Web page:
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Bankruptcy Risk, Its Financial Determinants and Reporting Delays: Do Managers Have Anything to Hide?

Author

Listed:
  • Oliver Lukason

    () (Faculty of Economics and Business Administration, University of Tartu, Tartu 50409, Estonia)

  • María-del-Mar Camacho-Miñano

    () (Accounting and Finance Department, Complutense University of Madrid, Madrid 28223, Spain)

Abstract

The aim of this study was to investigate whether firms’ reporting delays are interconnected with bankruptcy risk and its financial determinants. This study was based on 698,189 firm-year observations from Estonia. Annual report submission delay, either in a binary or ordinal form, was used as the dependent variable, while bankruptcy risk based on an international model or the financial ratios determining it were the independent variables. The findings indicated that firms with lower values of liquidity and annual and accumulated profitability were more likely to delay the submission of an annual report over the legal deadline. In turn, firm leverage was not interconnected with reporting delays. In addition, firms with a higher risk of bankruptcy were more likely to delay the submission of their annual reports. Firms with different ages, sizes and industries varied in respect to the obtained results. Different stakeholders should be aware that when reporting delays occur, these can be conditioned by higher bankruptcy risk or poor performance, and thus, for instance, crediting such firms should be treated with caution. State institutions controlling timely submission should take strict(er) measures in cases of firms delaying for a lengthy period.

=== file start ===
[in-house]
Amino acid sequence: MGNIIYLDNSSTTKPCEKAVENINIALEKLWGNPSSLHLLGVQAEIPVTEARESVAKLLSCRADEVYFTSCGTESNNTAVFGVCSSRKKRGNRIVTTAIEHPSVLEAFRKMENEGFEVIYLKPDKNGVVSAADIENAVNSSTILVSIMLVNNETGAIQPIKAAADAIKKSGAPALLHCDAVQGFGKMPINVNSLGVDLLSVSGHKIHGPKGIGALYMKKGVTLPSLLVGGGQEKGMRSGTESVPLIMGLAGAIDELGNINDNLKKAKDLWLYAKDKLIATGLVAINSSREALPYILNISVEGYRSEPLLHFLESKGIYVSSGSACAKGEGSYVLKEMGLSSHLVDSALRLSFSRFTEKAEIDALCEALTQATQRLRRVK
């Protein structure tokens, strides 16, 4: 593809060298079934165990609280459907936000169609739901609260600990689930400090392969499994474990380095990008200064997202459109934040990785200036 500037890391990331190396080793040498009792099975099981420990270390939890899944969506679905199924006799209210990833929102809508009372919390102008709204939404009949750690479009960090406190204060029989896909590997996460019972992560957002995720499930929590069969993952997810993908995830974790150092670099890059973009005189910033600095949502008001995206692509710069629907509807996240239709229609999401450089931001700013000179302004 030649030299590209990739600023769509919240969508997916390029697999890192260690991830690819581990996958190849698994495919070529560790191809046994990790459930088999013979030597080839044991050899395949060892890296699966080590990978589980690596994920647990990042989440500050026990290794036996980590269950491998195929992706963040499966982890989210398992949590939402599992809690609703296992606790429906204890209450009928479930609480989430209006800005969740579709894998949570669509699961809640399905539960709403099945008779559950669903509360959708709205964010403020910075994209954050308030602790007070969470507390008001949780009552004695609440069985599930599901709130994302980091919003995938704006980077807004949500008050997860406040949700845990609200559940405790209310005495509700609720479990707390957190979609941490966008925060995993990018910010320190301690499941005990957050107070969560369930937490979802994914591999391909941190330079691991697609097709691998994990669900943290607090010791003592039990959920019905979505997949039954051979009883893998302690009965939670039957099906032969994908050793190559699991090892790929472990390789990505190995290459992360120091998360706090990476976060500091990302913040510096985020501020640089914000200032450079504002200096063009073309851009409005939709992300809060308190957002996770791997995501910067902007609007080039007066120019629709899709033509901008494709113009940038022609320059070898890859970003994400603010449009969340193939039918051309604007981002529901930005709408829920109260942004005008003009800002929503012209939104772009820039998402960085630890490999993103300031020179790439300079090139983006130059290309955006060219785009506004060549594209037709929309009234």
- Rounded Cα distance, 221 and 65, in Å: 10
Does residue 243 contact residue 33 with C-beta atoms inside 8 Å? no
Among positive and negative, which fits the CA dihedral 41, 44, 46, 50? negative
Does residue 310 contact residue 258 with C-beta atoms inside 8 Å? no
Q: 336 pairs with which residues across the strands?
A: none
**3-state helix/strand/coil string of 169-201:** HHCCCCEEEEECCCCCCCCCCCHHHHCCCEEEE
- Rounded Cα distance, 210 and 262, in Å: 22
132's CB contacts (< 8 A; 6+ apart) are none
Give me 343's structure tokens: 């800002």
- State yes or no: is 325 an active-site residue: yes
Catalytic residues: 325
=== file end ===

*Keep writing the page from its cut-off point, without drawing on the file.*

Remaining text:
Suggested Citation

  • Oliver Lukason & María-del-Mar Camacho-Miñano, 2019. "Bankruptcy Risk, Its Financial Determinants and Reporting Delays: Do Managers Have Anything to Hide?," Risks, MDPI, Open Access Journal, vol. 7(3), pages 1-15, July.
  • Handle: RePEc:gam:jrisks:v:7:y:2019:i:3:p:77-:d:246370
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    References listed on IDEAS

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    More about this item

    Keywords

    bankruptcy risk; financial ratios; reporting delays; private firms; SMEs; Estonia;

    JEL classification:

    • C - Mathematical and Quantitative Methods
    • G0 - Financial Economics - - General
    • G1 - Financial Economics - - General Financial Markets
    • G2 - Financial Economics - - Financial Institutions and Services
    • G3 - Financial Economics - - Corporate Finance and Governance
    • M2 - Business Administration and Business Economics; Marketing; Accounting; Personnel Economics - - Business Economics
    • M4 - Business Administration and Business Economics; Marketing; Accounting; Personnel Economics - - Accounting
    • K2 - Law and Economics - - Regulation and Business Law

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